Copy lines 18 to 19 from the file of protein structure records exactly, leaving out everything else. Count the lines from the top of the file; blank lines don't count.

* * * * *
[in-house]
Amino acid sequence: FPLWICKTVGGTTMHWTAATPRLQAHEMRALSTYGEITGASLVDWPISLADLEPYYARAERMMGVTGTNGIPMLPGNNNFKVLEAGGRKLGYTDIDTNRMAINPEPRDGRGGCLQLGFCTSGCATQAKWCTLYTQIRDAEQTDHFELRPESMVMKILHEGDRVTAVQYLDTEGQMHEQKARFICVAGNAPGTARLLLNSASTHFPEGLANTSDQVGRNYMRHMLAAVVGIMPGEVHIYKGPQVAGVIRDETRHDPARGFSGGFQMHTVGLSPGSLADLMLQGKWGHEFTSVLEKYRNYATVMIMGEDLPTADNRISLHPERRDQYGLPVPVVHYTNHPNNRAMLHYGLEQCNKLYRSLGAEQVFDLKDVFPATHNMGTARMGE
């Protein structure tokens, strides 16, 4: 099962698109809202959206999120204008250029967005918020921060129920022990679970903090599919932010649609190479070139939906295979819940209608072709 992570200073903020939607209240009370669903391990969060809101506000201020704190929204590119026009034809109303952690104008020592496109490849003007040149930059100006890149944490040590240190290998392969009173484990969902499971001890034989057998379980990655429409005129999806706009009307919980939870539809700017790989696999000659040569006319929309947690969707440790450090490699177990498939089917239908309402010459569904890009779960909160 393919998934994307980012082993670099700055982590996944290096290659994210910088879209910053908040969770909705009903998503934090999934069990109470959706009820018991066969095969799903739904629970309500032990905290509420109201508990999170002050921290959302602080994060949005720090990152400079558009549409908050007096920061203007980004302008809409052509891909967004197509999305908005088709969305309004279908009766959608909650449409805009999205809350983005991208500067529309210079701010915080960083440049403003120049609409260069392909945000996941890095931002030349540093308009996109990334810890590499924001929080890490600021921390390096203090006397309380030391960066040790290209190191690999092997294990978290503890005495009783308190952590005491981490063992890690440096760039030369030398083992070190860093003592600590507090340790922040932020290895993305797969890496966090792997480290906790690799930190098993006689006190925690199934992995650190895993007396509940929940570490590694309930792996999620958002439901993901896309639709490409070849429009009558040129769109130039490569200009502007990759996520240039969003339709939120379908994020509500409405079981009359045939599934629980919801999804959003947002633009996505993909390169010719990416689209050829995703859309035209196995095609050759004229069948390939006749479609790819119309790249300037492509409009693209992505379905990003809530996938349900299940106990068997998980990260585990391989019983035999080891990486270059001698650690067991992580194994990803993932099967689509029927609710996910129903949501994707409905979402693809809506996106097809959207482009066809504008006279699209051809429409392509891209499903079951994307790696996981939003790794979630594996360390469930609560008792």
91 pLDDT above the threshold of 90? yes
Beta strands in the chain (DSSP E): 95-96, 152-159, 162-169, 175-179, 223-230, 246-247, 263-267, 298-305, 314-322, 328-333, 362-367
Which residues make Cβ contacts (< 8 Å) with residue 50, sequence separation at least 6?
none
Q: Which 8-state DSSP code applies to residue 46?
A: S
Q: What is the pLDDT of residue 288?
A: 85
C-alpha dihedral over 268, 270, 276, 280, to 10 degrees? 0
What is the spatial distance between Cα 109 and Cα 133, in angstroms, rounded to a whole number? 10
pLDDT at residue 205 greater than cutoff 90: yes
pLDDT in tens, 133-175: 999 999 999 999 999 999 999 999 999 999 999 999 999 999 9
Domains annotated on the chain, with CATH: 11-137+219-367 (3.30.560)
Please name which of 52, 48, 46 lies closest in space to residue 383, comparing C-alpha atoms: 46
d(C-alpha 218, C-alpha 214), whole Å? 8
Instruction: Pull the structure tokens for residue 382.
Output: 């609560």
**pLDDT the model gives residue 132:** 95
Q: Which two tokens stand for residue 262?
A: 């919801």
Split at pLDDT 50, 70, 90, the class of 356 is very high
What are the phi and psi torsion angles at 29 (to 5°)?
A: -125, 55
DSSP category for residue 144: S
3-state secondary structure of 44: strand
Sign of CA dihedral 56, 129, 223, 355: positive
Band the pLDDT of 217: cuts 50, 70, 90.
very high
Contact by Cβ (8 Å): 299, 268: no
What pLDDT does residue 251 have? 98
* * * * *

d(C-alpha 218, C-alpha 214), whole Å? 8
Instruction: Pull the structure tokens for residue 382.